Learning a foreign language can be very rewarding. But it can also be very frustrating. Chinese sometimes seems to be unfairly frustrating in many ways.
I’ve been thinking about outlets for that frustration and I’ve decided that the one I’m most prone to is complaining about the Chinese language. I’ve found the following to be true about my linguistic complaining:
- I usually complain to other foreigners (especially those who are also trying to learn Chinese).
- I don’t mind complaining in front of Chinese people.
- I almost always complain about unchangeable, ingrained parts of the language (like the fact that there are tones).
- I use the word “they” when complaining about the language to mean “Chinese people” or “speakers of Chinese.”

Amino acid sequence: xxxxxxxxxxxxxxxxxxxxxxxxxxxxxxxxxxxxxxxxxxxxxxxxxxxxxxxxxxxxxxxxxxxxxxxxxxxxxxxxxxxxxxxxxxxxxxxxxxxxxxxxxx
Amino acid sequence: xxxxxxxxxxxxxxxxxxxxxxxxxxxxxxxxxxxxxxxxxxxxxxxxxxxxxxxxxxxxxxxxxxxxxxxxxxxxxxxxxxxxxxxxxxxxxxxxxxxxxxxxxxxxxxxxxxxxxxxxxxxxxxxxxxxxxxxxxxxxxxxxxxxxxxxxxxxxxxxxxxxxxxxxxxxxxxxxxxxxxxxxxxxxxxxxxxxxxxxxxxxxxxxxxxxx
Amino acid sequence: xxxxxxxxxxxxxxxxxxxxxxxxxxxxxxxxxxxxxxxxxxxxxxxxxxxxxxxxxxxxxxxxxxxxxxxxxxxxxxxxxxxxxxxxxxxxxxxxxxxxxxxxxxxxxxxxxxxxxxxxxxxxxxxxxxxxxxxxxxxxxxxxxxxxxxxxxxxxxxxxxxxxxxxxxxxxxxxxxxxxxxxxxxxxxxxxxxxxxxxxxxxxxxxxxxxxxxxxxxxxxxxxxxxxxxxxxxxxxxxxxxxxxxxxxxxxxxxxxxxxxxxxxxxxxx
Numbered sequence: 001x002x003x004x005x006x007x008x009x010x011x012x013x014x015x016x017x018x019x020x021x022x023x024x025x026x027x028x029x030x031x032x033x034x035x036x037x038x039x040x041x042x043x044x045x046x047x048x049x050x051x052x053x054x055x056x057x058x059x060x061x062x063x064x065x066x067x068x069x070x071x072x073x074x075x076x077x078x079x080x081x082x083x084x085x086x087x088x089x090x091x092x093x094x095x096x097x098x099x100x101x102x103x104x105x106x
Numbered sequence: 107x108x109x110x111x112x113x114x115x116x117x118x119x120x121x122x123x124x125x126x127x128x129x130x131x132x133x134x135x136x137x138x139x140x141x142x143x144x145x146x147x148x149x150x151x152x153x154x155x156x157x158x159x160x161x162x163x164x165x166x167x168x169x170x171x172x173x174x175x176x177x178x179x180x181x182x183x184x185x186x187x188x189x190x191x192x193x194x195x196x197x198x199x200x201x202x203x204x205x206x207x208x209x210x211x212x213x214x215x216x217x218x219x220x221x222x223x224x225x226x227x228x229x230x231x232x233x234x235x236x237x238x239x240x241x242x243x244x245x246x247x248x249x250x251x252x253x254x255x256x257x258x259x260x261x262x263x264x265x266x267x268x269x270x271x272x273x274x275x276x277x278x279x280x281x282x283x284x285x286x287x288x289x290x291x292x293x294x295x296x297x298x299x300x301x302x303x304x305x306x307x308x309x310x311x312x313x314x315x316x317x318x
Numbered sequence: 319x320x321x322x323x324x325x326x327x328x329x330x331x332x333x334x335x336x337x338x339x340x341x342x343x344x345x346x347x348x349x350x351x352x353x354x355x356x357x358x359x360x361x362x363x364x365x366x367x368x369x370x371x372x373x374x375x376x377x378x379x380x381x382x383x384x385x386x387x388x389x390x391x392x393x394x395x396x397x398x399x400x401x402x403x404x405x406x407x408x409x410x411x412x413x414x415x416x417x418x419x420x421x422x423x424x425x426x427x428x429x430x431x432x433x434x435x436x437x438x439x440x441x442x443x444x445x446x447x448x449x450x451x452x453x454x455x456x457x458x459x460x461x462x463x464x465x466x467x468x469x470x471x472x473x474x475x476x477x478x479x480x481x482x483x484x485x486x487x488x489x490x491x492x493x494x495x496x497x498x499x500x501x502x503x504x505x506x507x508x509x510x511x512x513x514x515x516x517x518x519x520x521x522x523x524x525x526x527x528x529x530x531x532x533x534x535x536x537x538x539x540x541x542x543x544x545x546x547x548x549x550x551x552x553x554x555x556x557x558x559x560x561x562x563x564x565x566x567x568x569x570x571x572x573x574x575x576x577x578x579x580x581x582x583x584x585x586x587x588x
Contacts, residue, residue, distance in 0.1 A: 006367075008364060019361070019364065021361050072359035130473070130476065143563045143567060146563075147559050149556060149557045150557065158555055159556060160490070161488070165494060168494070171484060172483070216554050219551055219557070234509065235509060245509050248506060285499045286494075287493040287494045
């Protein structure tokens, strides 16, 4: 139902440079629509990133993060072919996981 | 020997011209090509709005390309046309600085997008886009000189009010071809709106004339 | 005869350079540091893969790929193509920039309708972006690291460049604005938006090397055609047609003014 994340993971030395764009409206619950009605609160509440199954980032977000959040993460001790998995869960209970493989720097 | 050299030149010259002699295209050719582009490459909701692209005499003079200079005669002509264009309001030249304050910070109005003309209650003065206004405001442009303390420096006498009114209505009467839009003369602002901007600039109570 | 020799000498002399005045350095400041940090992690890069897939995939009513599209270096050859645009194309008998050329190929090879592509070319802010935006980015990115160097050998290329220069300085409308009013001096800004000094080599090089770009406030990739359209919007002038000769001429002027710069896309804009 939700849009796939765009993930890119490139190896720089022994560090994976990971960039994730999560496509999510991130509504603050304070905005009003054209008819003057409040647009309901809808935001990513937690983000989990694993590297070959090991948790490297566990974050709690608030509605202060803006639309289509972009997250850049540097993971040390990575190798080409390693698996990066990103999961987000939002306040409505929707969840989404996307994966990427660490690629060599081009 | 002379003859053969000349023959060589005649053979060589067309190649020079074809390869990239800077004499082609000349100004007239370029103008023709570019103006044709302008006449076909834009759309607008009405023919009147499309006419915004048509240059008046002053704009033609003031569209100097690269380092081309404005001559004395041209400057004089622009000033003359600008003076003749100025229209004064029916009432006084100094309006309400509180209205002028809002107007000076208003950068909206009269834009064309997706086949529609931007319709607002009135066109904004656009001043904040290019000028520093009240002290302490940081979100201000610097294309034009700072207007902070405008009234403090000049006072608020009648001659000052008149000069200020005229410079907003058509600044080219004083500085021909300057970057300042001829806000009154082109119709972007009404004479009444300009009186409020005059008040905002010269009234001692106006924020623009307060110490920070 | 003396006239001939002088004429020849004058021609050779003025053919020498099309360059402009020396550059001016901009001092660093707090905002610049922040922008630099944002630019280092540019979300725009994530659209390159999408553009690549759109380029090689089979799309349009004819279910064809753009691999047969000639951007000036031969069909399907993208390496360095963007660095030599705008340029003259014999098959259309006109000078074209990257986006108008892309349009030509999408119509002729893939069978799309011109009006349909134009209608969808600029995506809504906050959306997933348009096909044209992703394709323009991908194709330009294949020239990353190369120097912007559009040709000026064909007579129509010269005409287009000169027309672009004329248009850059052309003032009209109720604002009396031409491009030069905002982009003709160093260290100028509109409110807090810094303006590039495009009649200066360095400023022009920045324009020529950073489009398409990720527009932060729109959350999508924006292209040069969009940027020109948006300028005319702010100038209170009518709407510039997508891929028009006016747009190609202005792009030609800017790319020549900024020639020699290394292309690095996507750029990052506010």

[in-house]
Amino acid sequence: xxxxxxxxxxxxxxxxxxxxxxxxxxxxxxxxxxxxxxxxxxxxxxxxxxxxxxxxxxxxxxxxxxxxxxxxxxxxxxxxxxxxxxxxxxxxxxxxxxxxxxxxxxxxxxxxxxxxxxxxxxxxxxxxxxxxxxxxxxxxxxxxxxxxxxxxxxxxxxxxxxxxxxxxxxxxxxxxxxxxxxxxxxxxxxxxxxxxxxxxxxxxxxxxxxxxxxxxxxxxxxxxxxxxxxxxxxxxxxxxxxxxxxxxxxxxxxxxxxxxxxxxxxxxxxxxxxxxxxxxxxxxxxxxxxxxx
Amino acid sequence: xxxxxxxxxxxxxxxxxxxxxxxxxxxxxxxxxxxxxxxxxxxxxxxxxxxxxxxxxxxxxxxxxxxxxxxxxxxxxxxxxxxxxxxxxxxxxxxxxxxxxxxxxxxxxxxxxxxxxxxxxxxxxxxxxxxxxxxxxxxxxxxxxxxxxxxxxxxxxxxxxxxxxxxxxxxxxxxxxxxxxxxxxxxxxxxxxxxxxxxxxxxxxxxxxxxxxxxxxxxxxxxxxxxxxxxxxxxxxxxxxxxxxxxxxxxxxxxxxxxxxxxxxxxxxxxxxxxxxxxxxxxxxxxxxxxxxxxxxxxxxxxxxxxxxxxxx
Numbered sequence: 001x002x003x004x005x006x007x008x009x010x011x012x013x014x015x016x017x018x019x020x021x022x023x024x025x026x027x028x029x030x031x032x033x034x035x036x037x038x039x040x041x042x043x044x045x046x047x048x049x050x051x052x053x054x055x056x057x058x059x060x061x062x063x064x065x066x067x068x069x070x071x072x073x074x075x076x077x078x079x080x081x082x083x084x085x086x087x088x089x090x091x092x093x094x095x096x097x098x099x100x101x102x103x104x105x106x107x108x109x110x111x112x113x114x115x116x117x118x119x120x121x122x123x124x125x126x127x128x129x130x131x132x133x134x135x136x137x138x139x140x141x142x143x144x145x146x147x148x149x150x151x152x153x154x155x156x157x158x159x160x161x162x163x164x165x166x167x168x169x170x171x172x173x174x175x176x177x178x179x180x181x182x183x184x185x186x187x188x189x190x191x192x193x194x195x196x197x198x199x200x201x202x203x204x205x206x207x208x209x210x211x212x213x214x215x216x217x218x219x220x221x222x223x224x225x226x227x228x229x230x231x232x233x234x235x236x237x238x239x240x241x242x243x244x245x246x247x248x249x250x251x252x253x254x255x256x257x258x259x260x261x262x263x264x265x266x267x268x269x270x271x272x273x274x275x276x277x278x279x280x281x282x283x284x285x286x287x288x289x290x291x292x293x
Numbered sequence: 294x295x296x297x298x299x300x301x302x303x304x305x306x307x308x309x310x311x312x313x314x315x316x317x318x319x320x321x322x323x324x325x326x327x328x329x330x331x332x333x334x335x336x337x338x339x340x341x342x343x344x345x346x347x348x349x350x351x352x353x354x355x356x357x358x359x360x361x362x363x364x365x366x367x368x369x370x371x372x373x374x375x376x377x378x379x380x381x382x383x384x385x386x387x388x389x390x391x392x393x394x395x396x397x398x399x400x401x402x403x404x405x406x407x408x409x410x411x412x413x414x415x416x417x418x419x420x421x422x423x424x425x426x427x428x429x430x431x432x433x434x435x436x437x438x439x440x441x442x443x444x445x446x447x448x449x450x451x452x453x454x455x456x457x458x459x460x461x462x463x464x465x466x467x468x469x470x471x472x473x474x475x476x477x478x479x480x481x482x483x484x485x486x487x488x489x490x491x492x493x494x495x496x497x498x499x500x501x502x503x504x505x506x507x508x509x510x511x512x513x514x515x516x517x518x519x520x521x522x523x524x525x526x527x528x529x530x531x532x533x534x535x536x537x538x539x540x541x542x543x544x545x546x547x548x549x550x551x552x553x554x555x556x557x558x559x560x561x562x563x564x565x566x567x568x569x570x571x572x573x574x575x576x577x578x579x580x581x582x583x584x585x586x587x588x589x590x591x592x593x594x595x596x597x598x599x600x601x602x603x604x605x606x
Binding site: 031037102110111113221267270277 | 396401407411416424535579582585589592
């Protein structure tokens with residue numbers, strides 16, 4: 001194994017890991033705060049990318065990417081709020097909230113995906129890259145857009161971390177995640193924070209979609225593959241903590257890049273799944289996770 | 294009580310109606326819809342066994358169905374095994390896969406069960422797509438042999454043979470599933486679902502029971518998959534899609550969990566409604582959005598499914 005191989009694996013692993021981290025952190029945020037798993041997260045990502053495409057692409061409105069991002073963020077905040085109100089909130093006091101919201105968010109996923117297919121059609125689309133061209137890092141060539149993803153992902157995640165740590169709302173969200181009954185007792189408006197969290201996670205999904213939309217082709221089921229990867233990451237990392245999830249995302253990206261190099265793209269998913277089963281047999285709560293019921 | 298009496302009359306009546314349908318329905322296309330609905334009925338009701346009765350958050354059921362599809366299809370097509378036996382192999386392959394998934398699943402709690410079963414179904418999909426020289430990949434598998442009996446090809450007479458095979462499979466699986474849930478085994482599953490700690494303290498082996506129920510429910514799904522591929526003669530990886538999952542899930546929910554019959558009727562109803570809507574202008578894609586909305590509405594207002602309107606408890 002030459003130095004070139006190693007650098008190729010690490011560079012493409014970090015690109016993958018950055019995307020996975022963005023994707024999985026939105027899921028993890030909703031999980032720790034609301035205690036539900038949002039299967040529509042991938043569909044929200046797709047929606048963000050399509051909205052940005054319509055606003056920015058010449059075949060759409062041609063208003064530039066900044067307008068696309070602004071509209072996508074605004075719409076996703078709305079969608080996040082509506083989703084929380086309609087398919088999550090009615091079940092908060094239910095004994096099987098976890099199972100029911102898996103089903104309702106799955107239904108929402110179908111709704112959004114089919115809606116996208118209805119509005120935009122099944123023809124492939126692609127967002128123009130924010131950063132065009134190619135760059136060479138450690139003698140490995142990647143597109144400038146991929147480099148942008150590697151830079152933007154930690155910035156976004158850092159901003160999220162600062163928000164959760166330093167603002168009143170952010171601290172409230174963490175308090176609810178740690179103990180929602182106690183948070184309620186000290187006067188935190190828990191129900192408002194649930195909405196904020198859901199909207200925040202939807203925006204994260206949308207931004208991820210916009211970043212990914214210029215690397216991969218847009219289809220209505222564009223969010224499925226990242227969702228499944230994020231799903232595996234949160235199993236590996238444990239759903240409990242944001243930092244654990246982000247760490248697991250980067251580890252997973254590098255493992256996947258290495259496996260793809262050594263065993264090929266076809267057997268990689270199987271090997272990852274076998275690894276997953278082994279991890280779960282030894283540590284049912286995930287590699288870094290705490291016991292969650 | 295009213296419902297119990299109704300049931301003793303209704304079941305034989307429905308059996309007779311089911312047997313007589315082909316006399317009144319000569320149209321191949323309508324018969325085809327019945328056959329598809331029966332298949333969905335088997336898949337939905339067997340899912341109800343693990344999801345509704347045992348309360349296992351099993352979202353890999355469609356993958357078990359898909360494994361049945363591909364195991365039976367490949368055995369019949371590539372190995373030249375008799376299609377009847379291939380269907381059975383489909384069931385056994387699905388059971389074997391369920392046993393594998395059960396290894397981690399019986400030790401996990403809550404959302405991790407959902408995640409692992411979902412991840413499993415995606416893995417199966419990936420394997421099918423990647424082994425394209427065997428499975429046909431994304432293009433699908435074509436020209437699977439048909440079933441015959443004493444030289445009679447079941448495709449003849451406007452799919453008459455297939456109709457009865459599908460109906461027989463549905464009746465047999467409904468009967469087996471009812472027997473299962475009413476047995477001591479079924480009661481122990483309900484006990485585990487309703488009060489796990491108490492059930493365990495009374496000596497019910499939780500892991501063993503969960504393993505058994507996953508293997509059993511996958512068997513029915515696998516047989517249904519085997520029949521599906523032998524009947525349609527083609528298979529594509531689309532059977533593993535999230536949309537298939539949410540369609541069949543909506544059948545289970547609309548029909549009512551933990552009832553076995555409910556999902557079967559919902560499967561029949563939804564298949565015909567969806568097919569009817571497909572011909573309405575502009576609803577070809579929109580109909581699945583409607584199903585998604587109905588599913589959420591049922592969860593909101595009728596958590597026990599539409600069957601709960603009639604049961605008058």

- I prepare my complaints ahead of time so that when I meet a sympathetic listener I’m ready.
- It feels good to complain.
However, despite the temporary good feelings I may get from venting, I’ve come to believe that linguistic complaining is overall a very destructive activity. This may come as a surprise since I’ve occasionally even used this blog for some ranting. Let’s just say I’m trying to turn over a new leaf.
But before I explain why I feel I’ve got a problem and I’m trying to quit, let me give some examples of the type of complaining I’m most prone to so it’ll be easier to imagine my plight.
Types of Linguistic Complaining